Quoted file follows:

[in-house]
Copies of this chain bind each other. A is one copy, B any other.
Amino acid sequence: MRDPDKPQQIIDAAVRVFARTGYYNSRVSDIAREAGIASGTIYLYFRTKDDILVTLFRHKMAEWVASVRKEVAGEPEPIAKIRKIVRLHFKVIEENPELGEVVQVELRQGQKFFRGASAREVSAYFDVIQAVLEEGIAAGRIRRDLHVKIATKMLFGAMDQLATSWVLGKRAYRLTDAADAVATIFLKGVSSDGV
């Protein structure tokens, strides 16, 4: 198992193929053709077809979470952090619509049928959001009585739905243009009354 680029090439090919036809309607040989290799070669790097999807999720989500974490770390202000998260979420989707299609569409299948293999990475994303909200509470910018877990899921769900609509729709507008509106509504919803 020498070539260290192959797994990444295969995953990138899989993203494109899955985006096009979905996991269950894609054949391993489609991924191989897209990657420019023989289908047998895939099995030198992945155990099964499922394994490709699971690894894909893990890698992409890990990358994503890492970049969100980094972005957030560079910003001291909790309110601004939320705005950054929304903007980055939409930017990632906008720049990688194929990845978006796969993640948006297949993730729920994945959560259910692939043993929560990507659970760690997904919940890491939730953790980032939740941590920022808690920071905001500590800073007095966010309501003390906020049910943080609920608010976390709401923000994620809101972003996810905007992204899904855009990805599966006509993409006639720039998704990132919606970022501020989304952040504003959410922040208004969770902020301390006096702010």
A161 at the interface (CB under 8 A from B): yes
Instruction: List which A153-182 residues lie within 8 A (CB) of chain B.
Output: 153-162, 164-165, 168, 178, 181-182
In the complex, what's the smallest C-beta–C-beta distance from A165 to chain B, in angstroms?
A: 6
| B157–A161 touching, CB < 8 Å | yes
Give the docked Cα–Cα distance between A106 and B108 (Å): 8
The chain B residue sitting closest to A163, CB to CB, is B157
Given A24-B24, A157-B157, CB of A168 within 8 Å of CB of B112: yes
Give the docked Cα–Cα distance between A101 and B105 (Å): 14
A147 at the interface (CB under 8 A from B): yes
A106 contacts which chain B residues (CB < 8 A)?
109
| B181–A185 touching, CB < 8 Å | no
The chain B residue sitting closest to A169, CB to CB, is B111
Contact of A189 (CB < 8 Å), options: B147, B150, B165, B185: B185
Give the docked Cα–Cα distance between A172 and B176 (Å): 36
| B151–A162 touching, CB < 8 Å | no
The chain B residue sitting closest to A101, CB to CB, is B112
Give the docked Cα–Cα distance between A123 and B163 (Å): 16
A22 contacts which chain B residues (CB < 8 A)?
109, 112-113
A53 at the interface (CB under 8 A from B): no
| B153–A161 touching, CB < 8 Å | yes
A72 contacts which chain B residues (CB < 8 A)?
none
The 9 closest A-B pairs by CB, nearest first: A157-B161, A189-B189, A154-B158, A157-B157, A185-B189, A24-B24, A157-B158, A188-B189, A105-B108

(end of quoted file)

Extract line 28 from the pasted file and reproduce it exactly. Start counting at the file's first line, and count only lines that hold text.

| B153–A161 touching, CB < 8 Å | yes